In Chula Vista, educators replaced an evaluation system that had little relevance to principals' leadership performance with peer group evaluations.
In the fall of 1993, as the new superintendent of the Chula Vista Elementary School District, I conducted an individual assessment of the organization with each of the district's 32 principals. Discussions on strengths and areas needing change immediately surfaced the issue of the principals' evaluation process as a priority concern.
The principals described their process as a "dog-and-pony show" with little or no relevance to their leadership performance and impact on student achievement. Principals believed they were jumping through hoops just to please central office administrators. Some were convinced that the criteria for judging effectiveness included the length and weight of documents provided. A few principals candidly admitted that they fabricated observation data for submission to their supervisors. Recording activities and keeping track of participation in events took on its own special value, since little attempt was made to connect these activities to outcomes.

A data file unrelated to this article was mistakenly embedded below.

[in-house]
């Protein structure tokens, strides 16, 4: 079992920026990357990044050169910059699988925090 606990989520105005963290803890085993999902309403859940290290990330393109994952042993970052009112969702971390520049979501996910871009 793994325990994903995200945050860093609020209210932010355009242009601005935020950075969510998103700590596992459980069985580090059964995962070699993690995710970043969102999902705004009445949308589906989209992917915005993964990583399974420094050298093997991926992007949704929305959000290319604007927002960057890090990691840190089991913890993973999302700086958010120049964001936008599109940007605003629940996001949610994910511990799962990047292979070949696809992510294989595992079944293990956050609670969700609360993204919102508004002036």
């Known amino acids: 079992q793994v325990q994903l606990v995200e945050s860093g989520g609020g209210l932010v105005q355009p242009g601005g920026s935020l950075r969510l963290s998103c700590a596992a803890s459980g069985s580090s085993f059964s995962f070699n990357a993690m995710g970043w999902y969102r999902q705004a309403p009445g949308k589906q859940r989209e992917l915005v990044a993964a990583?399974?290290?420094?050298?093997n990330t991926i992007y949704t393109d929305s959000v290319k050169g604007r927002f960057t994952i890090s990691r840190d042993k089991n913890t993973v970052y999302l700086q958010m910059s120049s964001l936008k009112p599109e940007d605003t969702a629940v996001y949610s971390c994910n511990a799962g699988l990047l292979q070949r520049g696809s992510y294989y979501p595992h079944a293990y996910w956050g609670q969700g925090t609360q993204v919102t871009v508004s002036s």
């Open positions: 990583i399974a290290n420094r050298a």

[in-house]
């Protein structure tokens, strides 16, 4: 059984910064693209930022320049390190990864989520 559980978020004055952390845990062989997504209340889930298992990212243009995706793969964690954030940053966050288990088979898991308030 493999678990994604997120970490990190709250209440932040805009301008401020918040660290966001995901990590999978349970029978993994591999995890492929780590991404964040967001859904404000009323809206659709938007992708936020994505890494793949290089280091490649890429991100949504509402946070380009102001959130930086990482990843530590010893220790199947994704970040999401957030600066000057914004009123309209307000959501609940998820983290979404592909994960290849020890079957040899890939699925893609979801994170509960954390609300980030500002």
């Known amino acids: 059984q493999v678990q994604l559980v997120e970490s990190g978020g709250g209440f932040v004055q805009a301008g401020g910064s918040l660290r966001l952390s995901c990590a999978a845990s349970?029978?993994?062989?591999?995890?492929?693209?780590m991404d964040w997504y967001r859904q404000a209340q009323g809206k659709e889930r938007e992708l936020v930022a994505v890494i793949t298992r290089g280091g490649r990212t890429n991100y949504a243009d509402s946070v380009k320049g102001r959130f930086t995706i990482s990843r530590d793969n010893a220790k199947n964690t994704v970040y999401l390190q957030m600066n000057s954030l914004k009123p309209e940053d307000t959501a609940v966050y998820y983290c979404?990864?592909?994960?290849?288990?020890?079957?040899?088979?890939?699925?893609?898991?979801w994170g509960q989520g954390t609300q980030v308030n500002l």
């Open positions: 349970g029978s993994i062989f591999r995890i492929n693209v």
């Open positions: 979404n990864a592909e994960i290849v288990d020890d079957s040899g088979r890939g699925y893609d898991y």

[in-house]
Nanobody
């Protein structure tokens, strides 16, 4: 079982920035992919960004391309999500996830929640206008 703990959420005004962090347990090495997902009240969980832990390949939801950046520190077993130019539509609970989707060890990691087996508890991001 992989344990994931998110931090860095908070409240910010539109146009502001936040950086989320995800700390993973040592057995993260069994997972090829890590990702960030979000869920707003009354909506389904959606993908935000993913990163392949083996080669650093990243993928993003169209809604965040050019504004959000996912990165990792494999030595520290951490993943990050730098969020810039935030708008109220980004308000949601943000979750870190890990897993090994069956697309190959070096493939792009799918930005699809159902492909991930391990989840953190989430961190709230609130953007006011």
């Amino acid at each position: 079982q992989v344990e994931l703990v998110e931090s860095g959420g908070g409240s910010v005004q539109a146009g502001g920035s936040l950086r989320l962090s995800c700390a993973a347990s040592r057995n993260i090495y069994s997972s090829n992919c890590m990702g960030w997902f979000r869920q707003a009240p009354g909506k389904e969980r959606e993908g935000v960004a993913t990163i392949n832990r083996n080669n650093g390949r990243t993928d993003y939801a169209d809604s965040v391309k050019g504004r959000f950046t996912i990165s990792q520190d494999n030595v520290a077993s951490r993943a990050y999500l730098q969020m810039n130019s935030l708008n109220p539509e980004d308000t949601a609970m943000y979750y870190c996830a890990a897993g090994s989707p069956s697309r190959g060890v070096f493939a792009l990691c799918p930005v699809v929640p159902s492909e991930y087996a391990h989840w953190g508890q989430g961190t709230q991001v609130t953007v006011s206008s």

During the 1993-1994 school year, a principal task force was established to review the literature and to research evaluation models. At the rime, we found a few interesting evaluation processes and instruments (Louisville, Ky.; Seattle and Vancouver, Wash.) and identified various components to incorporate into our own.
We agreed that the primary purpose of an evaluation process is to promote professional growth and personal development. In order to …